Results 1 to 11 of 11

Thread: 1912 Cavalry Officers Sword

  1. #1

    1912 Cavalry Officers Sword

    Hi All
    Just a quick question, are all 1912 Patterns plated. I have one made by Mole which shows no sign whatsoever of plating. I would have thought if it had been, there would be small bits of it left in the detailing, but there's nothing.
    I was wondering if it could be a senior NCO'S sword, but there are no issue markings on what looks like the standard Officers blade. Would a senior NCO's sword also be plated, or could it be an Officers choice not to have it plated.
    Any thoughts would be much appreciated.

    Cheers
    Graham

  2. #2
    Join Date
    Apr 2008
    Location
    Stratford upon Avon UK
    Posts
    360
    Graham, photos are always helpful. What cypher is on the bowl ( GR, GRI or other) is the blade etched, field or dress scabbard etc? Unusual to find one without the standard nickel plating, the only variation I’m aware of (apart from a couple of regimental cyphers) are those few with plain 1908 Troopers blades suggested to be a war economy issue.

  3. #3
    Hi Ben
    Yes photos would be better, but can't work out how to post them from my mobile. Anyway it appears to be a standard officers sword, the GR monogram is the normal European one, it has the standard leather service
    and the blade decoration is standard. The only criticism I have about the sword is that the guard decoration isn't that deep compared to a couple of Wilkinsons I've had in the past. The sword isn't repro in any way, but it doesn't look officer standard.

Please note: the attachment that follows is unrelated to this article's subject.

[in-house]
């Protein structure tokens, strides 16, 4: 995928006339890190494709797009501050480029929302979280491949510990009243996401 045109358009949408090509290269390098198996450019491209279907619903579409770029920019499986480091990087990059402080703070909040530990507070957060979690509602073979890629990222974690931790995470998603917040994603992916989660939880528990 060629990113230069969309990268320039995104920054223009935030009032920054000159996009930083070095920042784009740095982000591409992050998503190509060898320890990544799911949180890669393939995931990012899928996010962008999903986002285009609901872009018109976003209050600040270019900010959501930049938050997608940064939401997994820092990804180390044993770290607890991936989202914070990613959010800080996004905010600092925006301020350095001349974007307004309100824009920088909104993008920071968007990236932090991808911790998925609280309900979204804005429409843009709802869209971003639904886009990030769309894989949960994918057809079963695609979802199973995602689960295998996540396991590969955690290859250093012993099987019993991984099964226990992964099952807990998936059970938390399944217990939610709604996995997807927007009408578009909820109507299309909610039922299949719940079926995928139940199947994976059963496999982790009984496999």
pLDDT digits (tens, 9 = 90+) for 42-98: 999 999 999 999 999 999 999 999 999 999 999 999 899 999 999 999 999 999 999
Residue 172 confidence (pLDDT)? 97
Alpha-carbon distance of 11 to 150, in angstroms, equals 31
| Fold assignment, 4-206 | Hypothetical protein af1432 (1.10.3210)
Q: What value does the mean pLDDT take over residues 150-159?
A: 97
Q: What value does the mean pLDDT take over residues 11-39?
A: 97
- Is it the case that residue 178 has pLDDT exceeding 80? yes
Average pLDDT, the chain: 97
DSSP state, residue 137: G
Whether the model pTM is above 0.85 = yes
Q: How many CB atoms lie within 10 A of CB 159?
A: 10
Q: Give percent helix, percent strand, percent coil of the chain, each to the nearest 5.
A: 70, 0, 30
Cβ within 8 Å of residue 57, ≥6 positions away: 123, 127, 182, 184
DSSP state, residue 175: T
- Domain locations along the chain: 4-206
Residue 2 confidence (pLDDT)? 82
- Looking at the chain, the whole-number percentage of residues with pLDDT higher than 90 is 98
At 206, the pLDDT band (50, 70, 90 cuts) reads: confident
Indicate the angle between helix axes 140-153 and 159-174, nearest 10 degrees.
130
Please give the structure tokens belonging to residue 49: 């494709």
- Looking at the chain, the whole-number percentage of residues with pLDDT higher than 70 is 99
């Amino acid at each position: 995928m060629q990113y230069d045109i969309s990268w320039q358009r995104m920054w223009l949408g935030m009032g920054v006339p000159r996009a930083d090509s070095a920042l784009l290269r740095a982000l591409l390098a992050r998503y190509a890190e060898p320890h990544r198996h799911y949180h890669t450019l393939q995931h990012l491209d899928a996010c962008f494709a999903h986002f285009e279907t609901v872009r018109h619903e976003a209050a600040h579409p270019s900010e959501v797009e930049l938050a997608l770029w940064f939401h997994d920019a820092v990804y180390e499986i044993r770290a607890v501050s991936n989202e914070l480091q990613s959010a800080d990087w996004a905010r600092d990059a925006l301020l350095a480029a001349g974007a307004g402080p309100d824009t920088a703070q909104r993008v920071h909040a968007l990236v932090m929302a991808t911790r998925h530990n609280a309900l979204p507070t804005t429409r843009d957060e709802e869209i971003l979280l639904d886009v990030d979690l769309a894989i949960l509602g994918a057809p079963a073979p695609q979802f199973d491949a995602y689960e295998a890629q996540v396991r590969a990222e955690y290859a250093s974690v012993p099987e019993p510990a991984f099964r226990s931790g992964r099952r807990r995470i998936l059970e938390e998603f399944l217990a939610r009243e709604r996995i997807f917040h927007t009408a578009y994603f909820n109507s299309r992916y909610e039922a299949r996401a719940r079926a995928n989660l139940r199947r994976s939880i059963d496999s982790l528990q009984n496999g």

Cheers
    Hraham

  4. #4
    Join Date
    Oct 2007
    Location
    Kingston area, Ontario Canada
    Posts
    3,368
    Graham what kind of grip material does your sword have? What makers name is on the sword? There are some convincing copies out there.

  5. #5
    Hi Will
    The grip is the standard fish skin type, the skin appears to be real rather than faux, the grip wire is there but loose. The makers name is Mole. The blade has been service sharpened and has numerous nicks on it, it has a real been there feel about it.
    I've looked closely at the hilt, and there are signs of black rust which has been cleaned off, i suppose it's possible that the sword has been plated, and been taken off by the cleaning, although i don't know how easy it would be to remove plating through cleaning.

    Cheers
    Graham

  6. #6
    Join Date
    Oct 2007
    Location
    Kingston area, Ontario Canada
    Posts
    3,368
    Without seeing the sword my guess is plating loss. Sword makers of the era never used a copper wash on the steel before nickel plating so it did not adhere very well over time.
    If you have black corrosion then it once must have been covered in corrosion as this does not happen in just spots. Mole was just a good as maker as Wilkinson so the quality is there.

  7. #7
    Name:  IMG-20190515-WA0001.jpg
Views: 63
Size:  104.2 KB

  8. #8
    Hi Will
    Managed to upload s photo, hope this helps

    Cheers
    Graham

  9. #9
    Join Date
    Apr 2008
    Location
    Stratford upon Avon UK
    Posts
    360
    The hilt and pommel cap look nickel plated to me, just genuinely aged, the inside of the guard normally suffers worse. PS. Wilkinson bought out Robert Mole in 1920 so it’s a fairly early example.
    Last edited by Ben Bevan; 05-23-2019 at 01:58 AM.

  10. #10
    Join Date
    Oct 2007
    Location
    Kingston area, Ontario Canada
    Posts
    3,368
    I agree with Ben that it retains its nickel plating, some Brasso should polish it up nicely.

  11. #11
    Thanks Ben & Will
    Your help is appreciated

    Cheers
    Graham

Bookmarks

Posting Permissions

  • You may not post new threads
  • You may not post replies
  • You may not post attachments
  • You may not edit your posts
  •